Cuban Crocodile ........

jdmphotography

CAMBRIDGESHIRE, United Kingdom

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Images taken in Cuba ……….

The Cuban Crocodile is a small species (2.4 meters average length) of crocodile found only in Cuba’s Zapata Swamp and the Isla de Juventud, and highly endangered, though it formerly ranged throughout the Caribbean.

This species has numerous interesting characteristics that set it apart from other crocodilians, such as its brighter adult colors, rougher, more ‘pebbled’ scales, and long, strong legs. This species is the most terrestrial of crocodiles, and also possibly the most intelligent. A colony of this species at Gatorland, Florida has also exhibited what is strongly suspected to be pack-hunting behavior, which has prompted much interest in the species, usually kept singly and especially so after such reports.

The Cuban crocodile has the smallest range of any crocodile. It can be found only in Cuba in the Zapata Swamp in the northwest and in the Lanier Swamp on Isla de Juventud. The historical range also included the Cayman Islands and the Bahamas. The Cuban Crocodile appears to favor freshwater habitat such as swamps, marshes, and rivers and rarely swims in saltwater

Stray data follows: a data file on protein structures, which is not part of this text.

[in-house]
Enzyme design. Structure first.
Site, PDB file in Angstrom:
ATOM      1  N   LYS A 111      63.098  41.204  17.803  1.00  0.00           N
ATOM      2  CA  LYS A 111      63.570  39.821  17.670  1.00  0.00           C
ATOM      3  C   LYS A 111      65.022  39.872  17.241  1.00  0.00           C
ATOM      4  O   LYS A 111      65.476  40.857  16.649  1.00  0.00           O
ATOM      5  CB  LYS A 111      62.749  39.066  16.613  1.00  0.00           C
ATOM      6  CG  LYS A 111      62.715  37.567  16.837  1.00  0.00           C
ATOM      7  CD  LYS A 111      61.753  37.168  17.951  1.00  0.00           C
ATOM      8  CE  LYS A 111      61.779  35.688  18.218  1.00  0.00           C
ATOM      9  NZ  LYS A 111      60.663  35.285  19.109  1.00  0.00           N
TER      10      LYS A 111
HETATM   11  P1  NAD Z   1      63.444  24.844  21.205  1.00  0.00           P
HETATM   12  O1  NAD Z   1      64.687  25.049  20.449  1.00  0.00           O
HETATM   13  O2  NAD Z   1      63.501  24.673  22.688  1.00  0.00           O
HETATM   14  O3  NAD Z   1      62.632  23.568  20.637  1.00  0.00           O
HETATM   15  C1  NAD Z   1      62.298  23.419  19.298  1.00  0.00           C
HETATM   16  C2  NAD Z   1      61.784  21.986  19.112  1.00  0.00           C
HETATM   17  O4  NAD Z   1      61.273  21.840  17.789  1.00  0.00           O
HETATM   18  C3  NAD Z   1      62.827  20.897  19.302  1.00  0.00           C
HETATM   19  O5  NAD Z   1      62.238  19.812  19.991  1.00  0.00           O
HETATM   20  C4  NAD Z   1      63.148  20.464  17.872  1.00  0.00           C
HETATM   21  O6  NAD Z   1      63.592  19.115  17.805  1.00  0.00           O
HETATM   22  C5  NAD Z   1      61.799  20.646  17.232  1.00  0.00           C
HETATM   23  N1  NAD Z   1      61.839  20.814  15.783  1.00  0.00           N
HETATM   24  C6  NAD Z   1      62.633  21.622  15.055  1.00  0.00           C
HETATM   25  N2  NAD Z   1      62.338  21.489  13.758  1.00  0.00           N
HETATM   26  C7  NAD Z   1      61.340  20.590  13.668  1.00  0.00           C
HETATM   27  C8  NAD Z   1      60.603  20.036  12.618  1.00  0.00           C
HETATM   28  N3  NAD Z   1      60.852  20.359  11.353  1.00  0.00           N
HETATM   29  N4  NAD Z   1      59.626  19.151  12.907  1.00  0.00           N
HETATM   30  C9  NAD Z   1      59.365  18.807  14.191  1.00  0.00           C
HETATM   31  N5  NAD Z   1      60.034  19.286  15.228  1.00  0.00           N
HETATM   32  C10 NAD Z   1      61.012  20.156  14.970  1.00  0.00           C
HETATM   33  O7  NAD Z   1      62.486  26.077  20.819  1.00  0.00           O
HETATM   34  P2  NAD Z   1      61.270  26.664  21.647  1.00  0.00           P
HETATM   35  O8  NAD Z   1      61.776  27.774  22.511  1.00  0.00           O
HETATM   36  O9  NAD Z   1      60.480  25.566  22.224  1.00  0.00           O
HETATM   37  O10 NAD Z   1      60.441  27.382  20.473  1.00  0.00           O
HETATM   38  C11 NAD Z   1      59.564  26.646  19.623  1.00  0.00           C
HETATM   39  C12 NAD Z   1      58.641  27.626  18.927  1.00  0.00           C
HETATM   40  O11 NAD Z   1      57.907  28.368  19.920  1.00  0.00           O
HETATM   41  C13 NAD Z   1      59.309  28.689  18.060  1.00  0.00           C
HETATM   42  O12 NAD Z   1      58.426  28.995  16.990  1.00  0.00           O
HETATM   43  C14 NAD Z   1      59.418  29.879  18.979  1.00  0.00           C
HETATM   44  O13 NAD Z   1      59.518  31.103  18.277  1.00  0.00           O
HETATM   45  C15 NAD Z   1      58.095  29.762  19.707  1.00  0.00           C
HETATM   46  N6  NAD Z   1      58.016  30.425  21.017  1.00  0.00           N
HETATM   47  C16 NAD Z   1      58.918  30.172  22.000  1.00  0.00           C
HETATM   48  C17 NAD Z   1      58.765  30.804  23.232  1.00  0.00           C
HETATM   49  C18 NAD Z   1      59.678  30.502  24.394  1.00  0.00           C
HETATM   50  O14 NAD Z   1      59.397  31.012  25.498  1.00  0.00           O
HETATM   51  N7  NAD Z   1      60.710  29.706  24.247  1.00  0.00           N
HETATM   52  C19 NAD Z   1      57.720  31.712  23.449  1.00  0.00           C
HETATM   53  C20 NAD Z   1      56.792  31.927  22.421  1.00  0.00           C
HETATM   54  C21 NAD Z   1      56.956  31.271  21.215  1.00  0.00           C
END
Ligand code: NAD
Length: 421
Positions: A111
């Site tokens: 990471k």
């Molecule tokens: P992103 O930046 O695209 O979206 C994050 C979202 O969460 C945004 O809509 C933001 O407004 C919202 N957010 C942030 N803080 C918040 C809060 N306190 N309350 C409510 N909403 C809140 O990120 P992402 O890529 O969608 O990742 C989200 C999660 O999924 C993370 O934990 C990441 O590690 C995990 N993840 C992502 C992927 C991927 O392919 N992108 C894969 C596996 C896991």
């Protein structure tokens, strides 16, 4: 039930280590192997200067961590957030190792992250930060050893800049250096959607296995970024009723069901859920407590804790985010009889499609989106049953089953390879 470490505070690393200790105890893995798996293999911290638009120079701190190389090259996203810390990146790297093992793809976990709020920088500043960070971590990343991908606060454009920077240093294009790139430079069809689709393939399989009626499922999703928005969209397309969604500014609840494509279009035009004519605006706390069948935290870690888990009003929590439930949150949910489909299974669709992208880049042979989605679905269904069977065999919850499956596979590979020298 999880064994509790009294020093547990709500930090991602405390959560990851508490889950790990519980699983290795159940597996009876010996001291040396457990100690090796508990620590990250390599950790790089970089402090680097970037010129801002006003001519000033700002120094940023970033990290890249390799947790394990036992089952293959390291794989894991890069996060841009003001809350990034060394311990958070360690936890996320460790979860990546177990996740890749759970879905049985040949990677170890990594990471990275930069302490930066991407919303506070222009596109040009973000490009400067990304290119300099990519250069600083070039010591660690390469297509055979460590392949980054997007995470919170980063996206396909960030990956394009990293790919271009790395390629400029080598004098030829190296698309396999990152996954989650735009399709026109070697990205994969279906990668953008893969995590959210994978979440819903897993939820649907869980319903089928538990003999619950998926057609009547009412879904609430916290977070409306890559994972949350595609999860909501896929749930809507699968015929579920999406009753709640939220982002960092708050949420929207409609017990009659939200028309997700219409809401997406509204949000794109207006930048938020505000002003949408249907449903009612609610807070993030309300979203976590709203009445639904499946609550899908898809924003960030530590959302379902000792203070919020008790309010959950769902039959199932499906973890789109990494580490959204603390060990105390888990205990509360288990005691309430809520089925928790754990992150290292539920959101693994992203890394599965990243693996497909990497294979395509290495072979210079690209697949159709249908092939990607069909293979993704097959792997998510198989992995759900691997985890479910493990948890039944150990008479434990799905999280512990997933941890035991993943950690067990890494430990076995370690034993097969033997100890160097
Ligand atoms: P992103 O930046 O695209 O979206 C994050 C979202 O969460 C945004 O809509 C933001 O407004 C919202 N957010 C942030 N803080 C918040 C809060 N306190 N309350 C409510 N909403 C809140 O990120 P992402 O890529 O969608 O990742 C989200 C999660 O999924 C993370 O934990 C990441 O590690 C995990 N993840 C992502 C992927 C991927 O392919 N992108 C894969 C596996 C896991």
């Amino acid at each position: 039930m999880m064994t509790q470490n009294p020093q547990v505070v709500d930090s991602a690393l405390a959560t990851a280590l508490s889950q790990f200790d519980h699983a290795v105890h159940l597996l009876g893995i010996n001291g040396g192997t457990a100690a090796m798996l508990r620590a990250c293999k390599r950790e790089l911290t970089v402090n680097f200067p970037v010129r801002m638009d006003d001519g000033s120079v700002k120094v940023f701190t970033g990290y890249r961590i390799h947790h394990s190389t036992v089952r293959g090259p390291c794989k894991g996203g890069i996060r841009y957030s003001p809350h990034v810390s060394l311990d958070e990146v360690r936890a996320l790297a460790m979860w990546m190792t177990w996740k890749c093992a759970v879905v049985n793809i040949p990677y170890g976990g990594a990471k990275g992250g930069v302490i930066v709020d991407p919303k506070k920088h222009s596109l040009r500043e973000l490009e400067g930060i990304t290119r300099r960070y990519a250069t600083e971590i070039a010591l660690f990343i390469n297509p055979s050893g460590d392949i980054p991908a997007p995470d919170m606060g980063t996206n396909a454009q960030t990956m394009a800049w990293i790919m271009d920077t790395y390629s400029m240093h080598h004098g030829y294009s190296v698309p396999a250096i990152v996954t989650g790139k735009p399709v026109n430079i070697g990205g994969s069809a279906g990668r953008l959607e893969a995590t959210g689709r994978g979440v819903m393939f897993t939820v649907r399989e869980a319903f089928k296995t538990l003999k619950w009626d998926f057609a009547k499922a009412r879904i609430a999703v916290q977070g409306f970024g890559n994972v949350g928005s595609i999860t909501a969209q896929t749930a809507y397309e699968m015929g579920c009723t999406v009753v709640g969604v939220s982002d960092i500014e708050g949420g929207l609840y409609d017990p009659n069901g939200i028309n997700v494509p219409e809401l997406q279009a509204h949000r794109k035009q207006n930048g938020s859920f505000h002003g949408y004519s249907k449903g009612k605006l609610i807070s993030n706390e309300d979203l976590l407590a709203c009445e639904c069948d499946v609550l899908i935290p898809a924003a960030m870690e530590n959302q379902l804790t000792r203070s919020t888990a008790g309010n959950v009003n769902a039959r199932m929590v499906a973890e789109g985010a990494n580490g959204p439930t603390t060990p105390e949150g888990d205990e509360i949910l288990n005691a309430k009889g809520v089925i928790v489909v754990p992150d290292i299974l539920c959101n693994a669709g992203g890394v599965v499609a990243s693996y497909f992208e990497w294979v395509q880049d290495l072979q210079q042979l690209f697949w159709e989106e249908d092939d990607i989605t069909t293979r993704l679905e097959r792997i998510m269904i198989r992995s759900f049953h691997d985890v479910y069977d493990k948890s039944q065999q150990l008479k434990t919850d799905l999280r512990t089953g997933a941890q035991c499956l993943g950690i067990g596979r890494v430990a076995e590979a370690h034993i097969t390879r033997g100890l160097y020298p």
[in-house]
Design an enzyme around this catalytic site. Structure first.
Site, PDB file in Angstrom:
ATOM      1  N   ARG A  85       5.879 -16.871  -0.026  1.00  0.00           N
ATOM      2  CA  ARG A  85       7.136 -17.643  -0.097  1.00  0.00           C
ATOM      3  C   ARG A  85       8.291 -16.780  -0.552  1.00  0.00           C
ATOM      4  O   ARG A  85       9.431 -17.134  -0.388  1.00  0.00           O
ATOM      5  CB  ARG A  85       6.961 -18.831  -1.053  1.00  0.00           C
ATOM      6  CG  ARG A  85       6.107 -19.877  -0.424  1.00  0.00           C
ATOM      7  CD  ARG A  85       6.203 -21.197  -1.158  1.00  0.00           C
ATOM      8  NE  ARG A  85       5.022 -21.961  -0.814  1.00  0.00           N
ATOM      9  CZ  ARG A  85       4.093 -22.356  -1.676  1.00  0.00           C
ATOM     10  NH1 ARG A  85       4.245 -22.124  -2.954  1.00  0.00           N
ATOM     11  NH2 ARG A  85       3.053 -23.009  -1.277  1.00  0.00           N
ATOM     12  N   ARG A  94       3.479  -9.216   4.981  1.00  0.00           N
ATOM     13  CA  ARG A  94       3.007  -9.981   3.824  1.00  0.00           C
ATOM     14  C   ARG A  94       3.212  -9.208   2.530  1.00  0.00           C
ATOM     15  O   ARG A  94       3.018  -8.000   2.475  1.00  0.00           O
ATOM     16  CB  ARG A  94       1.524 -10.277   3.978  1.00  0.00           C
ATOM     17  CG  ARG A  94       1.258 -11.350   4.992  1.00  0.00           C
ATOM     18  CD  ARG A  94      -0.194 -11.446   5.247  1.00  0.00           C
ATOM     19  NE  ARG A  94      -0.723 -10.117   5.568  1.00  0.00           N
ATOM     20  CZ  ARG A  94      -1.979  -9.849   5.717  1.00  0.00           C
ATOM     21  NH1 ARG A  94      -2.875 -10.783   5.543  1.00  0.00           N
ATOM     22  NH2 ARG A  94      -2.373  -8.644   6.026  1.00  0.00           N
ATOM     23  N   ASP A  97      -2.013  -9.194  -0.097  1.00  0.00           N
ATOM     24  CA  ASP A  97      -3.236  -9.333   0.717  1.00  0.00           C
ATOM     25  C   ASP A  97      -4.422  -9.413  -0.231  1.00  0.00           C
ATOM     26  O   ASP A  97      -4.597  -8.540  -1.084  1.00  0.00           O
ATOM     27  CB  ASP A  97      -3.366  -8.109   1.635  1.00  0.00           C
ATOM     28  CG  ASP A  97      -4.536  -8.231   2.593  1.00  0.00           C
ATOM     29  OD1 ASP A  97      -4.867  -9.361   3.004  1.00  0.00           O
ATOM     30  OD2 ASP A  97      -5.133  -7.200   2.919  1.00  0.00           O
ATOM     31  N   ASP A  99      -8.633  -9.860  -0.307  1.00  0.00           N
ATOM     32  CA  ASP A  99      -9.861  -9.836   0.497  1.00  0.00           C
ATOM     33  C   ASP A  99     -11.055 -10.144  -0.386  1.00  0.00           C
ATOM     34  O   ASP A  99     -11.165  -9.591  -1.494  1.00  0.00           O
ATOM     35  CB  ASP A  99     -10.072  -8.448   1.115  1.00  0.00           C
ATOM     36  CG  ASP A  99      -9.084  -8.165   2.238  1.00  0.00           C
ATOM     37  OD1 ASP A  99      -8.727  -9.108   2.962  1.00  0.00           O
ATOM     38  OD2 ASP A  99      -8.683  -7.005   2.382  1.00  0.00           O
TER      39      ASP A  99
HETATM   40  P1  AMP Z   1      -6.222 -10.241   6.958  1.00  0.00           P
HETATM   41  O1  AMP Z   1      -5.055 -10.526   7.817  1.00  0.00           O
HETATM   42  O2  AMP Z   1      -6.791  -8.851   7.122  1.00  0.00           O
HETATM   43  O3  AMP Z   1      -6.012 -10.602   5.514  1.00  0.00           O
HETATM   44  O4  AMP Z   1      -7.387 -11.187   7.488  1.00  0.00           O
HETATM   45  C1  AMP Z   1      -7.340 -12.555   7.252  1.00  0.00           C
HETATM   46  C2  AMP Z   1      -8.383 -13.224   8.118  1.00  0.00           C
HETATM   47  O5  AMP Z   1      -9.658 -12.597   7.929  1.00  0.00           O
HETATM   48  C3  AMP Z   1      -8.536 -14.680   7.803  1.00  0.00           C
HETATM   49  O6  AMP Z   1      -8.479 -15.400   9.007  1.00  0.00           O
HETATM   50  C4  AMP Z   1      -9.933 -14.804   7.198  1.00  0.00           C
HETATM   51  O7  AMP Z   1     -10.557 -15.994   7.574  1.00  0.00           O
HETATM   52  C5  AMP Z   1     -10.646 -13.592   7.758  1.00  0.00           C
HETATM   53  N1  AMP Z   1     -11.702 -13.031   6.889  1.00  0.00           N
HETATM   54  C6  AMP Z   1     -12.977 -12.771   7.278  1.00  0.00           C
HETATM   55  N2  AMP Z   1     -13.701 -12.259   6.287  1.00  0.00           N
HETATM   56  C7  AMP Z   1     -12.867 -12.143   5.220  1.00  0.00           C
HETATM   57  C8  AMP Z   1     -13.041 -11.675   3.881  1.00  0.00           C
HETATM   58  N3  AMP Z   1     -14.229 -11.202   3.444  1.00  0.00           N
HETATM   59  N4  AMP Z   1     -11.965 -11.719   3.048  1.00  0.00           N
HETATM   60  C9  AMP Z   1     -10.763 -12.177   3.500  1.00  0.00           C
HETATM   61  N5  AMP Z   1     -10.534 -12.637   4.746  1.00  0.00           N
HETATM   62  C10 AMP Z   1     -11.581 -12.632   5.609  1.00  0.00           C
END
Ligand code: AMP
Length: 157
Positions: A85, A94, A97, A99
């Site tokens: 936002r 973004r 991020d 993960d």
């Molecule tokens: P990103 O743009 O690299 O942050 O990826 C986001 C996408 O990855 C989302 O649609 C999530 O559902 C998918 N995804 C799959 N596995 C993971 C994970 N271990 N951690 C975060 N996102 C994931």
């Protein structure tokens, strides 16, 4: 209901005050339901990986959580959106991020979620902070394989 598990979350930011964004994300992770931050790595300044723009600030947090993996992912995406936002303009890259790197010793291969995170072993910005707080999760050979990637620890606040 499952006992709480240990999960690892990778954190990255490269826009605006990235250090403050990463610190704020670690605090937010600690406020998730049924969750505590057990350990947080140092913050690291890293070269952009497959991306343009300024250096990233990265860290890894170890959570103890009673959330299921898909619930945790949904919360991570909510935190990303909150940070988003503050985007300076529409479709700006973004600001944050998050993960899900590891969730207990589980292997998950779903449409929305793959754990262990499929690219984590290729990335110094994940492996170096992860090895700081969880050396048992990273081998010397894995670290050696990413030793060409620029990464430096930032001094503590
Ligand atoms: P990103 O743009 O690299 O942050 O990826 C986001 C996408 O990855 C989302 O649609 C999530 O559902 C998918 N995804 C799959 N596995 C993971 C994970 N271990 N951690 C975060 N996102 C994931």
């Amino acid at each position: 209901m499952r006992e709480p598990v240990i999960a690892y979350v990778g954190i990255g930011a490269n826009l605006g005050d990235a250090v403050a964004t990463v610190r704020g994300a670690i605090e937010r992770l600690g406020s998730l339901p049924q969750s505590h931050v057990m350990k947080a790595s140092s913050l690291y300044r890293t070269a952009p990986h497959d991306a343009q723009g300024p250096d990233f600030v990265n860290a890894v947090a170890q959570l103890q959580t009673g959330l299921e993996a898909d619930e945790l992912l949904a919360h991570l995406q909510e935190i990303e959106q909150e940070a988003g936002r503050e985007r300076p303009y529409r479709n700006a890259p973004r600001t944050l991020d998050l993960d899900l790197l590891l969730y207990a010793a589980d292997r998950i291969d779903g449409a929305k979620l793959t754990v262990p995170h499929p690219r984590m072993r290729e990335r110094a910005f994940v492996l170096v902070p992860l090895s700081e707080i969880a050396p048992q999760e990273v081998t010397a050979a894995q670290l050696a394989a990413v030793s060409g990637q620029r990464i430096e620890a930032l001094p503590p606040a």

The Cuban Crocodile is an endangered species, listed on CITES appendix 1. Its restricted habitat and range make it very vulnerable. The Cuban Crocodile’s main threat is humans, who have hunted the crocodile extensively and have largely encroached upon their habitats. There is still much research to be done on the remaining wild populations of the Cuban Crocodile. The Cuban Crocodile is represented in captivity in the United States, where breeding projects are taking place. Hybridization has been morphologically and genetically detected in captive populations between male American crocodiles and female Cuban crocodiles. This can pose a problem to the genetic purity of the breeding stock in captivity.Today, 3,000 to 6,000 Cuban crocodiles are estimated to live in the wild in a 300-square-kilometre (120 sq mi) section of the southwestern part of the swamp. Because much information on the ecology and natural history of the Cuban Crocodile is still unknown, work needs to be done to increase and protect the remaining wild population.

“Cuban Crocodile ……..” was featured in Bits and Pieces

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